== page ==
To access the remainder of this piece of premium content, you must be registered with Firehouse. Already have an account? Login
Register in seconds by connecting with your preferred Social Network.
Complete the registration form.
New Jersey is called, "The Garden State." It is the most densely populated state in the country with over 1,000 people per square mile. Many who travel through the northeast portion of New Jersey, along the Route 95 corridor, may associate this state with urban congestion, chemical odors, a man-made mountain of refuse and hundreds of acres of "elephant grasses" known as the Meadowlands. However, one only needs to travel a short distance away from that industrialized urbanization and megalopolis to see and to smell why New Jersey is appropriately and correctly called the Garden State.
Photo from Robert M. Winston's collection/courtesy of NJFFS
A New Jersey Forest Fire Service crew attacking an "interzone" fire May 3, 1992, during a fire in Lacey Township, Ocean County, NJ.
Nearly 40% of the state is still in commercial forestland. Its pine barrens, located in the southern part of the state, contain over 1 million acres of highly combustible trees and brush. Another 13% is in parks, recreation areas and watersheds. Numerous farms, orchards and gardens are scattered throughout the state.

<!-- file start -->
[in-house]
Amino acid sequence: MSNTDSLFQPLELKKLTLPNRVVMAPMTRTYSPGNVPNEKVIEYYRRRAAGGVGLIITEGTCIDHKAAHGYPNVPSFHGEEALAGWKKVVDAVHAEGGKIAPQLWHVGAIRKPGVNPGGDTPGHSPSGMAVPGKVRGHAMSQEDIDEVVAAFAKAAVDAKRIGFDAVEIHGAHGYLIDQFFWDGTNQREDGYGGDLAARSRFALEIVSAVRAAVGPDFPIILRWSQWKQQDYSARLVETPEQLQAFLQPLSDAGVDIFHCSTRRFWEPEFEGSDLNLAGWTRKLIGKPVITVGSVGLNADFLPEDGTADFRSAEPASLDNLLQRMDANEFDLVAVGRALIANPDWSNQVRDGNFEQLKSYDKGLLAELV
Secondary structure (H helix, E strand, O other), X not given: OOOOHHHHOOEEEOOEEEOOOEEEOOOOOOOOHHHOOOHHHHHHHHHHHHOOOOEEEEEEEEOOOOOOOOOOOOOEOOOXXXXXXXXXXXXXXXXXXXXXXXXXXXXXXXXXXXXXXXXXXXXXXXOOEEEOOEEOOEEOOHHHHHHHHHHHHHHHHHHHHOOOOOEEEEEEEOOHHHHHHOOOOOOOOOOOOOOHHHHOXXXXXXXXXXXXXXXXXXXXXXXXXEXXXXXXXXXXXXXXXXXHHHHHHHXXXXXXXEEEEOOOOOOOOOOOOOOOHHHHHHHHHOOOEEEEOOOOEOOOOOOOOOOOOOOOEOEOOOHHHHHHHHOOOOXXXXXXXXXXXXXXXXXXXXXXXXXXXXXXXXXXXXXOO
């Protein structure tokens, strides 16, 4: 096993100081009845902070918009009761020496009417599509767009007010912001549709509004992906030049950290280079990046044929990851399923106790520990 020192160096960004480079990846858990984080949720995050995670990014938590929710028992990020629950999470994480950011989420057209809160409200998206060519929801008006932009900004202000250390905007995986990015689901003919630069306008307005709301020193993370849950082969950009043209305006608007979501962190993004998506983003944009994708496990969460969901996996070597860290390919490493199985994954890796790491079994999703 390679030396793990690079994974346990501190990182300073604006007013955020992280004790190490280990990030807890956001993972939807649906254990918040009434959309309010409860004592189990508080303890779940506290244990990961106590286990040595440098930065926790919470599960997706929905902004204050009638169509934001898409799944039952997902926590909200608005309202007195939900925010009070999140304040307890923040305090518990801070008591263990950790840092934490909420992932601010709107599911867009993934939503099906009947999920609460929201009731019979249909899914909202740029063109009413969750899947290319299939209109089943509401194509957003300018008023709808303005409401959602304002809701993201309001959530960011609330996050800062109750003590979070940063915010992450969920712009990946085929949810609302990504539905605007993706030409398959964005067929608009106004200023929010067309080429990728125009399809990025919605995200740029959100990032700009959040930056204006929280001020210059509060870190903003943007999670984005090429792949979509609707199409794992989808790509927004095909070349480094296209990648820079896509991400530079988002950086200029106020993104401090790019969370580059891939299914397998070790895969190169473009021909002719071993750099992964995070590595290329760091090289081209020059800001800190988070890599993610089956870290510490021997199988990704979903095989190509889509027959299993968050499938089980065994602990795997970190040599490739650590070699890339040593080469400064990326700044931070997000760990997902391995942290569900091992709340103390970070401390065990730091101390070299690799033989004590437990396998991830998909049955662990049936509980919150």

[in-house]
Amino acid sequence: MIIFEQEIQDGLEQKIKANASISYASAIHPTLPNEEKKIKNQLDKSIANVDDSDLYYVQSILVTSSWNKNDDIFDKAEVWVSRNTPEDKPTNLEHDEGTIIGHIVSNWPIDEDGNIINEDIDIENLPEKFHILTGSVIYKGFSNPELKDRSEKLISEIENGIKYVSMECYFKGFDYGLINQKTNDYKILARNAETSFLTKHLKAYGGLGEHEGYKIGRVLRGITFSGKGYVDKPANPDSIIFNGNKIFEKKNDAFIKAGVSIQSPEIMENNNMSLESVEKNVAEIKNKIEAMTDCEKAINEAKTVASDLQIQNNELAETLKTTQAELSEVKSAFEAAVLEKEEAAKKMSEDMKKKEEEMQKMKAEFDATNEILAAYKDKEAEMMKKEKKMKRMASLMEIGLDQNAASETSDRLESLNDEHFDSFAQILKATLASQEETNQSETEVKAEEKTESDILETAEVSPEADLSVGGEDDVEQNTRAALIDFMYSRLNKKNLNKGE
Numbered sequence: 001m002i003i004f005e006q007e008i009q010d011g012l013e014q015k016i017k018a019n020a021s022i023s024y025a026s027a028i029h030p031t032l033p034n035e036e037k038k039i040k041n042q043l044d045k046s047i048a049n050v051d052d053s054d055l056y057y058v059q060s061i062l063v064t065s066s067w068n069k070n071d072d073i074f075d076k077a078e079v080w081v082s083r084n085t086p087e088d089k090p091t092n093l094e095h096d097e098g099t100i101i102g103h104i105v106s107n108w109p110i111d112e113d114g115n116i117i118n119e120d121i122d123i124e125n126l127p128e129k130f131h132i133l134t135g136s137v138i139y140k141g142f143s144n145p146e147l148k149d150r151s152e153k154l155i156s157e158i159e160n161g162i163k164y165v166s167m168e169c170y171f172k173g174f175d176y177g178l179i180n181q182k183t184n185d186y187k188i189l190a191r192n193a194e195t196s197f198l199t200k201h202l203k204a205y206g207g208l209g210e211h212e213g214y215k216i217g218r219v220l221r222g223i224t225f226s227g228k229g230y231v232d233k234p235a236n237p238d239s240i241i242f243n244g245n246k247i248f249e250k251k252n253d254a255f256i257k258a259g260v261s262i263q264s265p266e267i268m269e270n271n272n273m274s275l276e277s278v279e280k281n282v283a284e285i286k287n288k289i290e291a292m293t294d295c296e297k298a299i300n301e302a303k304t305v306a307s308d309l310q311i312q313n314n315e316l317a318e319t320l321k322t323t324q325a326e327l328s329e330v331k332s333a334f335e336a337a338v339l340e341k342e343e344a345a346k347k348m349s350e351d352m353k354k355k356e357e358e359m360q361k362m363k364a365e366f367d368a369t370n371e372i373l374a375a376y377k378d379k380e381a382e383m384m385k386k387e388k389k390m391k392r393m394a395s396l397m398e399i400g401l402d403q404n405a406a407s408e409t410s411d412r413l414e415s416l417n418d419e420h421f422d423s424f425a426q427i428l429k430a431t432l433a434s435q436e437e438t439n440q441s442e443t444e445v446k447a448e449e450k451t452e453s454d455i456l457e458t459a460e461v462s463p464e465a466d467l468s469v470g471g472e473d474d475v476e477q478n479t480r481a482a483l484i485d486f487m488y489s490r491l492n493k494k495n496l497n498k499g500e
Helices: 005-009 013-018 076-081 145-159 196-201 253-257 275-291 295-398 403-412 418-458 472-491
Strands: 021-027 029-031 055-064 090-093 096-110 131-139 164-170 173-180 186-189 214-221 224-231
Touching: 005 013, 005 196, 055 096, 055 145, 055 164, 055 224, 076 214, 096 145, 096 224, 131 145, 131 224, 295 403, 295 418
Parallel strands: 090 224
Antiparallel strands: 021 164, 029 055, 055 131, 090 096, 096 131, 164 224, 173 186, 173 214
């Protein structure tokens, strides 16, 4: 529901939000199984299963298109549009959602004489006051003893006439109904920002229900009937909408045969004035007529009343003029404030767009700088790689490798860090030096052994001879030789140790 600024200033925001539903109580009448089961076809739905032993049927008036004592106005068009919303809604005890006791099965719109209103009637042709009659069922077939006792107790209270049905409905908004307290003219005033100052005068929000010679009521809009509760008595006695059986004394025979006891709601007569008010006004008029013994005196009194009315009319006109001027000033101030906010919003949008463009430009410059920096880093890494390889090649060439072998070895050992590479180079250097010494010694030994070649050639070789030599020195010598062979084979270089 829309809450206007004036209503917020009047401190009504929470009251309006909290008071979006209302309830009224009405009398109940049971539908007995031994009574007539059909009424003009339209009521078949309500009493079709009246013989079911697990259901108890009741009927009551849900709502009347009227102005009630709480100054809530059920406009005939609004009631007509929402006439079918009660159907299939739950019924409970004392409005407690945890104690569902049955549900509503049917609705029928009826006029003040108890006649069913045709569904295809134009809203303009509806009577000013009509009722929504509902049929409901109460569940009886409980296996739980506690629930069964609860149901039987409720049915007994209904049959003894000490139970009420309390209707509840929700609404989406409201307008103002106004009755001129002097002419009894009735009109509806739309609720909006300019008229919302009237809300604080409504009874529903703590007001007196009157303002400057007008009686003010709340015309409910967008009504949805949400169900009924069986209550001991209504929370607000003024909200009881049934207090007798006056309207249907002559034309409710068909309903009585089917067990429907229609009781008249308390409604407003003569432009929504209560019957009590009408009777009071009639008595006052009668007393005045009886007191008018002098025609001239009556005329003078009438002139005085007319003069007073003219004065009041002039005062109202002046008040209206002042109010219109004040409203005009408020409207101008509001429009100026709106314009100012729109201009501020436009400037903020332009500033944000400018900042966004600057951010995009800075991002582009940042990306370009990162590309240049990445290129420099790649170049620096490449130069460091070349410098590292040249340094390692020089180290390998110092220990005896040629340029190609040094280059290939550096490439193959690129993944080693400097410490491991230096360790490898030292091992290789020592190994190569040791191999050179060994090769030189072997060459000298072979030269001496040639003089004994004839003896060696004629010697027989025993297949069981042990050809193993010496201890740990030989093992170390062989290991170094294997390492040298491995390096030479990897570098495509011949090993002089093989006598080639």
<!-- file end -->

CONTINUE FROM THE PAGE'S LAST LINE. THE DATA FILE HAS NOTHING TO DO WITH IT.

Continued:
Adequate protection from wildfire is essential. The value of forest resources is estimated at $8.5 billion dollars. The wood industry alone employs 33,000 people with an annual payroll of $1 billion. Water quality, animal habitat, recreation and the ever-expanding structural wildland interzone (SWI) areas demand fire protection resources.
In 1899, a consultant submitted a report to the state that emphasized the need for forest fire control and the establishment of a forest fire service. In 1906, a law was passed establishing the New Jersey Forest Fire Service (NJFFS). A fire warden system was formed with 64 wardens appointed within the first year. In 1910, a system of forest fire watchtowers was begun.
It was not until 1924 that the present system of forest fire protection was organized. In 1927, the first aircraft was used for aerial fire observation. The CCC constructed a series of firebreaks and roads in New Jersey forests and parks from 1933 to 1942.
Rapid advancements and improvements in motorized "track" vehicles and communications occurred from the 1930s through the 1950s. In 1961, aircraft was first utilized for aerial water bombing of fires. A reorganization and professionalization of the NJFFS was begun in 1978 and completed in 1980.
Today's Forest Fire Service